This is a continuation in part utility application based upon, incorporating by reference and claiming priority to the following utility application, Ser. No. 11/187,287 filed Jul. 22, 2005 entitled “Containers and Serving Trays for Snack Foods”, now abandoned, and provisional applications: Ser. No. 60/591,247 filed Jul. 26, 2004 entitled “Container for Snack Foods”; Ser. No. 60/602,923 filed Aug. 19, 2004 entitled “Container for Snack Foods”; and Ser. No. 60/665,284 filed Mar. 25, 2005 entitled “Containers and Serving Trays for Snack Foods”.


In a principal aspect, the present invention relates to containers, cup holders and trays for snack foods which may be utilized by placement in a cup holder in a vehicle or in the arm of a theatre seat, for example.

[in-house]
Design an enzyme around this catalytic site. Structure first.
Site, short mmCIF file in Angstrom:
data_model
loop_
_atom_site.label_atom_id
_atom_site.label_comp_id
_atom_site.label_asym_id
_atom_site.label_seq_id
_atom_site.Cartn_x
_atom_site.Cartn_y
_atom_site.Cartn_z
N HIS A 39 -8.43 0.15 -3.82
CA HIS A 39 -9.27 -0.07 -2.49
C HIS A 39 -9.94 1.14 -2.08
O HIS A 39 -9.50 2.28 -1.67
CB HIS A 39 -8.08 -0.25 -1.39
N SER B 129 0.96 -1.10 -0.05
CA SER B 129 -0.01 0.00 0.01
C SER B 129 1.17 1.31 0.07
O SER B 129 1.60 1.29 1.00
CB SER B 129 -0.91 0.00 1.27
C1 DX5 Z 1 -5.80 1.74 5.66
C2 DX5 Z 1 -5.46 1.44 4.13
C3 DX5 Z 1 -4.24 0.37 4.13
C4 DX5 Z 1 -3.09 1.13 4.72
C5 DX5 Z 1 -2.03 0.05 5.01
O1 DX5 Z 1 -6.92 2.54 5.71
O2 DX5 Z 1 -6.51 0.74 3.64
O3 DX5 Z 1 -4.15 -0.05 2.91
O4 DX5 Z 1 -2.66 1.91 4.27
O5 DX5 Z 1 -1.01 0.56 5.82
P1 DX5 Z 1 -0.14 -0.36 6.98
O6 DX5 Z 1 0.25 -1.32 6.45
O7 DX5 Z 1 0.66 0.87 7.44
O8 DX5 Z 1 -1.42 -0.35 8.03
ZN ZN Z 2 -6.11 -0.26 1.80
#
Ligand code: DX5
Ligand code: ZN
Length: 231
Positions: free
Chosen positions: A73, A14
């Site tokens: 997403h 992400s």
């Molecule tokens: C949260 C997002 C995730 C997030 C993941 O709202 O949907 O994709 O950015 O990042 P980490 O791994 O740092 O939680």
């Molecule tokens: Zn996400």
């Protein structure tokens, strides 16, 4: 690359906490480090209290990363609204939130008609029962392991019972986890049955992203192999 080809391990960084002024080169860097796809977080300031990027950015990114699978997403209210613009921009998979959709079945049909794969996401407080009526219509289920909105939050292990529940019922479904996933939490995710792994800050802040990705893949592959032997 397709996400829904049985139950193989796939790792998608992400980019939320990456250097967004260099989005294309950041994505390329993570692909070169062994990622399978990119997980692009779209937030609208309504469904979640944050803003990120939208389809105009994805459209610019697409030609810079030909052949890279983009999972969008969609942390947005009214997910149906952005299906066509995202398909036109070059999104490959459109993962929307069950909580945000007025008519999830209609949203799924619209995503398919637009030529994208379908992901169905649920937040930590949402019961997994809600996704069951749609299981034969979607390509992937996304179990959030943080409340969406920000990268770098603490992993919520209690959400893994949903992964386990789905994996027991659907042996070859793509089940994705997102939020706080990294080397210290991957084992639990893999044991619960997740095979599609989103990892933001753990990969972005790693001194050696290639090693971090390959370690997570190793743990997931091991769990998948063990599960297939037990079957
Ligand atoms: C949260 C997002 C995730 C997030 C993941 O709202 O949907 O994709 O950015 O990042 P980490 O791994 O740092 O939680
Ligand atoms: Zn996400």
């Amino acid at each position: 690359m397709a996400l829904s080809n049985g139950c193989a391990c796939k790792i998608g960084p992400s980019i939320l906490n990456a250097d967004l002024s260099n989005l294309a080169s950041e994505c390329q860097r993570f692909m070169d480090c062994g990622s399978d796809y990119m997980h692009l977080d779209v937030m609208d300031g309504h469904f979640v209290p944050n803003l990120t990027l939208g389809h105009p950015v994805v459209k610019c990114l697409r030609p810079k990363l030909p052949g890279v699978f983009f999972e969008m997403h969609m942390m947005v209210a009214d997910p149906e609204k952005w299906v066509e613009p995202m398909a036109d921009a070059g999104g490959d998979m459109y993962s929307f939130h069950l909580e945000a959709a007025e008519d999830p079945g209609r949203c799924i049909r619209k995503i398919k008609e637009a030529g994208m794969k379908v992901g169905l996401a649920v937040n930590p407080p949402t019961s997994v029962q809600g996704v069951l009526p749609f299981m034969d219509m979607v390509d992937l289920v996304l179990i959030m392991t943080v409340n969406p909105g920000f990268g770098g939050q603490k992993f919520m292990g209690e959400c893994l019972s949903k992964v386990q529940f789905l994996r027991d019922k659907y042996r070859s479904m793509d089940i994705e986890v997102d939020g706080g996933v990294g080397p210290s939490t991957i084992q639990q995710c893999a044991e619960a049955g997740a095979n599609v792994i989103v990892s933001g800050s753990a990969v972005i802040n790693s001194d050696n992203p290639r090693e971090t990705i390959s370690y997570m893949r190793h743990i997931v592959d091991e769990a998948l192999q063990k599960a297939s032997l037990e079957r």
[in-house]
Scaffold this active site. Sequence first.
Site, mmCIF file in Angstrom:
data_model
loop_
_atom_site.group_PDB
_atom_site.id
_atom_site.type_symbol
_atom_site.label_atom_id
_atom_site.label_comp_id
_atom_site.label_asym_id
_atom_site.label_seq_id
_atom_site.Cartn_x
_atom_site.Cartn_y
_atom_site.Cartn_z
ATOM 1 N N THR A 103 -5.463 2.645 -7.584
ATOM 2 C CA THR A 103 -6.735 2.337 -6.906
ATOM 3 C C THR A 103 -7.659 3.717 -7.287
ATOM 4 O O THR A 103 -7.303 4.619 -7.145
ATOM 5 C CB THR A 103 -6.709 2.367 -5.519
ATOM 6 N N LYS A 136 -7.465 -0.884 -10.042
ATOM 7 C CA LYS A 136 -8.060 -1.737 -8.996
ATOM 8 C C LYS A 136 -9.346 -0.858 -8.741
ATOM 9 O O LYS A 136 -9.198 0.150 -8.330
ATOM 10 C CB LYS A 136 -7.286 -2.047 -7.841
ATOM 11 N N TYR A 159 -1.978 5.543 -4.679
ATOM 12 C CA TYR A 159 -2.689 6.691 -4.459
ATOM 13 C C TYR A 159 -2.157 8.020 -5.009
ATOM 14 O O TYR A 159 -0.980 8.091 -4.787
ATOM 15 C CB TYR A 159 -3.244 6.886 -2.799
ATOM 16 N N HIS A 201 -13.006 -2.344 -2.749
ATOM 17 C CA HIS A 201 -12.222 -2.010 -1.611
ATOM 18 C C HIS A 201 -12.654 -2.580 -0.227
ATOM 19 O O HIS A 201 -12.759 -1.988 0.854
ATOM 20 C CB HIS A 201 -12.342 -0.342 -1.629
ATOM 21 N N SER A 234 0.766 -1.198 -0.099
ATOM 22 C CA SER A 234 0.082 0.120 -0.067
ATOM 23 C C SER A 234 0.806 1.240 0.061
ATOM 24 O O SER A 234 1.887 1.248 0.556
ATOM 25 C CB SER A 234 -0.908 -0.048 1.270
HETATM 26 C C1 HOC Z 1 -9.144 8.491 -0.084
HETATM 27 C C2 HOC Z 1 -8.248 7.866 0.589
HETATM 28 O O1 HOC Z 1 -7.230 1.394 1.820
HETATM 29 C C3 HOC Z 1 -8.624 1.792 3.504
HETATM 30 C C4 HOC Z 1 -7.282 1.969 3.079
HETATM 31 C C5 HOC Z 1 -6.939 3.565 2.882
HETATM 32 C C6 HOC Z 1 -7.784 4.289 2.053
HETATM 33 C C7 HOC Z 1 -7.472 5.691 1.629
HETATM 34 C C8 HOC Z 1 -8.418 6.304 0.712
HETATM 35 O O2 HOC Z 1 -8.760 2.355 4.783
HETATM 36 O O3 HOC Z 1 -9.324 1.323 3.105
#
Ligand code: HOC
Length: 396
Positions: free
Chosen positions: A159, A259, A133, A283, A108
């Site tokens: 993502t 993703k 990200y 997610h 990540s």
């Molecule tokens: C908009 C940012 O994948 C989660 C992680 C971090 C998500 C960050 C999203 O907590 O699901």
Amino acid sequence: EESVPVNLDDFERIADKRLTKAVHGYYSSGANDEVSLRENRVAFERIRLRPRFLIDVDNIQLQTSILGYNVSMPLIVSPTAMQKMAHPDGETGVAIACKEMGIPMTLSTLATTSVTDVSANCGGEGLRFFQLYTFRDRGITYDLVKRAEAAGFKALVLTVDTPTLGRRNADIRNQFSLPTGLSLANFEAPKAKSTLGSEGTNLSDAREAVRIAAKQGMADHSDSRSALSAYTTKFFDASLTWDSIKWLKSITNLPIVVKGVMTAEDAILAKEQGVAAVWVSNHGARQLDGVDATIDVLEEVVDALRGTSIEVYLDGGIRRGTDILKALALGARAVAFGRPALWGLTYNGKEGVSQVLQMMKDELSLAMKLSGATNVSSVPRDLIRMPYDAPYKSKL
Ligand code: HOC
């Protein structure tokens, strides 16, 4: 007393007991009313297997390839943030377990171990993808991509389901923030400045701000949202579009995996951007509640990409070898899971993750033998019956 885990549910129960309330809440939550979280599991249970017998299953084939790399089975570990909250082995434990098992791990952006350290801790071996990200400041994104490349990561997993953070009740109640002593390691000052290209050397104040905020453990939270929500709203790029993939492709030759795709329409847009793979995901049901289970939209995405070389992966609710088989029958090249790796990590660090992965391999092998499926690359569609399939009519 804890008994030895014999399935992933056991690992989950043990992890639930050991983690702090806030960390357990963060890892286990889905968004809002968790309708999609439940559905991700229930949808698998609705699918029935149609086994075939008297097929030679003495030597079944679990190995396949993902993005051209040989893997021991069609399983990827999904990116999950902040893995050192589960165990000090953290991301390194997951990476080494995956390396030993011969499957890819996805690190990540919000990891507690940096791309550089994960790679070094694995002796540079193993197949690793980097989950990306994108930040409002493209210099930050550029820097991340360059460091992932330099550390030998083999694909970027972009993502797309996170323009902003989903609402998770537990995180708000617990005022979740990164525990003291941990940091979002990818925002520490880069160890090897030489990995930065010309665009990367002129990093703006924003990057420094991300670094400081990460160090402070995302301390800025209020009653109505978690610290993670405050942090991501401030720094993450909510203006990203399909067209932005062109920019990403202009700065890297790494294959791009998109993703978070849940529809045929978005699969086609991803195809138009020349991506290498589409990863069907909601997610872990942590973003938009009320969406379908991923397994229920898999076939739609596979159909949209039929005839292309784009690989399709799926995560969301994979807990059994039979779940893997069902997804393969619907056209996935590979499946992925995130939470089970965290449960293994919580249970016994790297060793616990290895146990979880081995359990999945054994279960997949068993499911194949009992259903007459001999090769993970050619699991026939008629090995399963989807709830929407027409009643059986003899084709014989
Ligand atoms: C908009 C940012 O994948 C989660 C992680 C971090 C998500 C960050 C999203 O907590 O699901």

When attending a movie theatre, entertainment venue or when driving a vehicle, snack food items are often purchased by the patron or driver or otherwise made available. Placement of these snack foods in a sack or box, or other similar container may be distracting and may also be inefficient or cumbersome. As a consequence, various product designs to accommodate such issues have been proposed. For example, combined food and beverage containers and trays have been proposed as illustrated or disclosed in the following listing of patents:

Pat. No. Inventor Issue Date Title
1,665,289 Weaver Apr. 10, 1928 Means for Serving Food
and Drink
3,285,495 Colato Nov. 15, 1966 Reusable Food Package
with Integral
Adjustable Closure
3,288,344 Woollen Nov. 29, 1966 Double Container
et al. Dispensing Package
Des. 285,999 Ludwick Oct. 07, 1986 Combined Food and
Beverage Container
4,779,998 Wischusen Oct. 25, 1988 Composite Bag-Like
5,180,079 Jeng Jan. 19, 1993 Combined Cup
5,573,131 Berjis Nov. 12, 1996 Apparatus for Forming
a Container to Hold a
Drinking Cup at the
Bottom End of the
Container and to Hold
Food in the Upper Por-
tion of the Container